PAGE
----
Are Acts of God All That Can Slow Amazon?

Mother Nature put the inherent fallibility of Amazon Web Services’ offerings front and center this week, but the pros of Amazon’s cloud computing subsidiary still far outweigh its cons. Every lightning strike that takes the service down for four hours, is balanced by Amazon’s introduction of new features that make the service even more difficult to resist. And it’s not done tempting you yet.

Most important among the new features, at least as far as lightning-strike reactionaries are concerned, is Amazon’s Availability Zones. By running instances across Availability Zones, users can be confident (or as much as they can be in the cloud) that their apps will remain up, even if one location is hit by an act of god. There may always be a sense of danger when entrusting an application and its associated data to mysterious virtual machines running god-knows-where by a company that views all customer apps as equal, but Amazon makes it relatively easy to mitigate the damage of physical failures, at least.

That’s not the only move designed to help users sleep better at night, though: It appears the company also is seeking security and compliance certifications and accreditations to match those of more traditional hosting providers. Although Amazon’s cloud offerings arguably put those of managed hosting providers to shame flexibility-wise, compliance with SAS 70 and other auditing and security regulations make the latter more appealing to customers concerned with data security, auditing and the like. Acquiring these credentials would ease a lot of minds and could prove a huge boon to AWS’s bottom line.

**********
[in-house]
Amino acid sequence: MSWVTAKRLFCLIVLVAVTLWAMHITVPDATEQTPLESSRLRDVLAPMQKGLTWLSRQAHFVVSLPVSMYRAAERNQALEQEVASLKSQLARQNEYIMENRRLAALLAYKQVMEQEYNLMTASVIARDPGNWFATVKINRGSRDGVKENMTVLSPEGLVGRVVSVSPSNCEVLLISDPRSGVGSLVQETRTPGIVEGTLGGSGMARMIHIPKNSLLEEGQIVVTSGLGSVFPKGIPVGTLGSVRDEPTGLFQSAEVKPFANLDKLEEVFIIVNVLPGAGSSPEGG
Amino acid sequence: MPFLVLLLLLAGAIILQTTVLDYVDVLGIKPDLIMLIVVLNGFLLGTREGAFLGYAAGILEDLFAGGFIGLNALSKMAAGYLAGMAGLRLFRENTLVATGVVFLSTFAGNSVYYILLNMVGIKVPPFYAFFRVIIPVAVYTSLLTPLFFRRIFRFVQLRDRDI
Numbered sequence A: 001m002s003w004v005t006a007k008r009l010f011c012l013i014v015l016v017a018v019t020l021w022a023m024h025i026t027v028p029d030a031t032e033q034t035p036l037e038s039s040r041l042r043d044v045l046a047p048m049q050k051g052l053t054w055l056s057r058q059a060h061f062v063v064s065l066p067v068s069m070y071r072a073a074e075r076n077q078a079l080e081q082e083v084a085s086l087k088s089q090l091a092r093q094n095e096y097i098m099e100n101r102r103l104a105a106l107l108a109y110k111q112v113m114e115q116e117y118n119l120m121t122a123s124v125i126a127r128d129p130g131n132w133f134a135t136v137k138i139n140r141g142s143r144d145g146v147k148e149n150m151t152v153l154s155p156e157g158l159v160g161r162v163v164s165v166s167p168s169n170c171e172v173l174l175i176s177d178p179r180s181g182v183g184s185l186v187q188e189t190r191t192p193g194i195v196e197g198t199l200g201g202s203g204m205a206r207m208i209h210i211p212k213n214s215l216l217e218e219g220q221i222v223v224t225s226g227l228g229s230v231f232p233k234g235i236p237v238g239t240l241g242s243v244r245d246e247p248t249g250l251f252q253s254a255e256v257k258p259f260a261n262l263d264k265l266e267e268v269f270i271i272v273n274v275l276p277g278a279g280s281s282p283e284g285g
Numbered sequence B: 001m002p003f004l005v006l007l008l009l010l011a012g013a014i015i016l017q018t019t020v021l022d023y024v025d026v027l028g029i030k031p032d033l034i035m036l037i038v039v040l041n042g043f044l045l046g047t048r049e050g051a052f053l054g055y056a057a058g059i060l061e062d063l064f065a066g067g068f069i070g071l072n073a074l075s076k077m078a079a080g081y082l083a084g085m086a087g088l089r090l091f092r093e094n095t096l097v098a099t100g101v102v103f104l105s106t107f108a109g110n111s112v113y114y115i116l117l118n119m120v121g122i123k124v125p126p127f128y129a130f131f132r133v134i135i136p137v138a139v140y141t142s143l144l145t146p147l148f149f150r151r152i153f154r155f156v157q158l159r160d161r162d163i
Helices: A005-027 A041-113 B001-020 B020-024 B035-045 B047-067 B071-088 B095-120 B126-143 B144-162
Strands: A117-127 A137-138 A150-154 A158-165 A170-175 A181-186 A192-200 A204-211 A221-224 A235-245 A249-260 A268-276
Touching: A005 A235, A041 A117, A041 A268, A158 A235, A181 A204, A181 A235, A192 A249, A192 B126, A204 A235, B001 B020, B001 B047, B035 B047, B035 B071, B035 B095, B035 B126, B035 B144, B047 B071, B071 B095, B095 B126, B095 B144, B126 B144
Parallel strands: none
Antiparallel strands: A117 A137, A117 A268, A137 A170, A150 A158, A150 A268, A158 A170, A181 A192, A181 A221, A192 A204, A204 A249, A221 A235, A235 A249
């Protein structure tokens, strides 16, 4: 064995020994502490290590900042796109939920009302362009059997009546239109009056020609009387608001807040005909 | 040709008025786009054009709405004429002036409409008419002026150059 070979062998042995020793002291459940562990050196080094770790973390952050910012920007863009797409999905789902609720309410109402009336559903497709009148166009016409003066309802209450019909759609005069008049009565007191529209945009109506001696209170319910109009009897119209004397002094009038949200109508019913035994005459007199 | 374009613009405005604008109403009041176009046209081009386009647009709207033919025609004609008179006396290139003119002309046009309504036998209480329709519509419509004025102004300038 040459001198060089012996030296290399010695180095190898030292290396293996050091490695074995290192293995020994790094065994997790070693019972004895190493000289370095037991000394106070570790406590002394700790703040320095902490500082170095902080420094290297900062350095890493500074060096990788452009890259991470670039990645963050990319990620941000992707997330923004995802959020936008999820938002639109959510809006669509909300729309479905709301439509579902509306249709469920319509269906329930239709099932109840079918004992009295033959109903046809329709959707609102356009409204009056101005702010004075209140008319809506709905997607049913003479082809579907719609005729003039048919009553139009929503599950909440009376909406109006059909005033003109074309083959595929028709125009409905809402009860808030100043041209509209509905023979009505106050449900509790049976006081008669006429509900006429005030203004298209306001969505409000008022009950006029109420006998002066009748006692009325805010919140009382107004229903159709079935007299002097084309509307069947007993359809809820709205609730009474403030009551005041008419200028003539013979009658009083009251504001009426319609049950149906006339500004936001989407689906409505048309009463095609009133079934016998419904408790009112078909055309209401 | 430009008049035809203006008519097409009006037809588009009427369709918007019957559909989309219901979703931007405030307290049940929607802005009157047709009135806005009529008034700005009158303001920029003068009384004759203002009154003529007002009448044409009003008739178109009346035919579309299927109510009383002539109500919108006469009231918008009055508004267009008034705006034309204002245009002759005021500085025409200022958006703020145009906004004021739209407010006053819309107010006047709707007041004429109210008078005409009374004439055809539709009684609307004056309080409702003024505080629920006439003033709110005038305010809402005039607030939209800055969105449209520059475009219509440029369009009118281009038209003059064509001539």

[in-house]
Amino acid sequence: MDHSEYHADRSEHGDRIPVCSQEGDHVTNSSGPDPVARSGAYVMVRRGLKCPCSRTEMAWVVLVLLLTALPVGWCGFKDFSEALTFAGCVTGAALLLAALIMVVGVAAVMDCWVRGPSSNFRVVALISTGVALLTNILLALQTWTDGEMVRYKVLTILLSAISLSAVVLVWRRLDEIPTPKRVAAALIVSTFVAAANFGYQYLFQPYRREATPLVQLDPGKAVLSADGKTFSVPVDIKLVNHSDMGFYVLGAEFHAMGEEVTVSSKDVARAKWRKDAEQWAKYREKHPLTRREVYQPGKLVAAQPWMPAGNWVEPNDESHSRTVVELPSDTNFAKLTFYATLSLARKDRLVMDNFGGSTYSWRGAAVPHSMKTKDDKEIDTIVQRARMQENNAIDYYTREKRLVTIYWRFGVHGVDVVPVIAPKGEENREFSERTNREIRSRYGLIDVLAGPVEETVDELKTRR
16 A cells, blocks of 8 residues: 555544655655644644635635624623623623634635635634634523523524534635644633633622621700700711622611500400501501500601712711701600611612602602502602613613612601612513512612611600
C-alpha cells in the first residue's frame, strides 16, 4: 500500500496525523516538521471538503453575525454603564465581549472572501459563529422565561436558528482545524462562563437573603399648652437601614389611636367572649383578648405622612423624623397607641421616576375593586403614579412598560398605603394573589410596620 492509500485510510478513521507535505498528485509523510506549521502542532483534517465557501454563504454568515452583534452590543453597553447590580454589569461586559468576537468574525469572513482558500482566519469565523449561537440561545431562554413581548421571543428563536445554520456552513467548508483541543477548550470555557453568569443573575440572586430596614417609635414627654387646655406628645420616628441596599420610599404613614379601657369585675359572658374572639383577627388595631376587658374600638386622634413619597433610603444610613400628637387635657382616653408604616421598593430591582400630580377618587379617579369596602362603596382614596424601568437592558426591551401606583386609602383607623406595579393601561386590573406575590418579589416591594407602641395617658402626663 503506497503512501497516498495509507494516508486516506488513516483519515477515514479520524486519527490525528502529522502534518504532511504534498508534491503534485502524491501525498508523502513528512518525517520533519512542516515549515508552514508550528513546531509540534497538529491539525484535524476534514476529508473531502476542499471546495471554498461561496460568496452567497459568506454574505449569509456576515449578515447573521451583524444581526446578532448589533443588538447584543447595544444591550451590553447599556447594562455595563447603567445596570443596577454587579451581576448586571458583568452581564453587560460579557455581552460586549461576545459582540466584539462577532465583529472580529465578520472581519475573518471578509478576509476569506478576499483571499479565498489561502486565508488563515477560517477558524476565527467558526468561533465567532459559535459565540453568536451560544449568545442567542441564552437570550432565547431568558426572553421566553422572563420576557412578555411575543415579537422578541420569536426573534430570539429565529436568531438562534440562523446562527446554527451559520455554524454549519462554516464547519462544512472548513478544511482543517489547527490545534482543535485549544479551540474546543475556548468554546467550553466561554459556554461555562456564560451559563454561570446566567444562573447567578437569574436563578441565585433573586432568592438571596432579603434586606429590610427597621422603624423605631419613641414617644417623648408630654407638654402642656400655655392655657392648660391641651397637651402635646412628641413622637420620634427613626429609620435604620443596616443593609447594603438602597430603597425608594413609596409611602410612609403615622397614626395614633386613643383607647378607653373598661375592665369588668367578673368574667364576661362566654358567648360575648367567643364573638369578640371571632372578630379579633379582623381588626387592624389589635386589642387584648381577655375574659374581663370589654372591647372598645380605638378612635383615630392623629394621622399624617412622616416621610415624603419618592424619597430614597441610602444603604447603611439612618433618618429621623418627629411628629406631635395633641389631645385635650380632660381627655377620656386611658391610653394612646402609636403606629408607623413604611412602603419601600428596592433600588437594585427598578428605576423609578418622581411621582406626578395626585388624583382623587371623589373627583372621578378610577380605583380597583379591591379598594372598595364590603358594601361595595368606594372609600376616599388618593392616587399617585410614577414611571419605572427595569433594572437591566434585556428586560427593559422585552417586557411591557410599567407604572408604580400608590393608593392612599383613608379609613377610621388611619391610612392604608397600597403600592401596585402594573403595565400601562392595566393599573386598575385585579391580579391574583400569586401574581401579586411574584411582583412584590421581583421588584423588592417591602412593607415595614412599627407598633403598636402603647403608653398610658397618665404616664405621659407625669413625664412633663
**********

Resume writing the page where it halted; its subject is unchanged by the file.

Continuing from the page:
But Amazon’s draw isn’t a result of its own initiatives alone and, indeed, it goes beyond availability and security. Aside from its growing number of usability and management features, EC2 also is the go-to cloud platform for all types of ISVs. Nowhere else, for example, do users with intense data analysis needs have the choice between Aster Data’s SQL + MapReduce solution and the just-announced Cloudera Distribution for Hadoop on Amazon EC2.

Yes, another lightning strike may take down some AWS instances, and that is a concern to take very seriously. But Amazon seems determined to make its suite of cloud offerings as reliable, safe and flexible as possible — even if they’re not infallible.

Question of the week

How concerned should we be about reliability of Amazon EC2?
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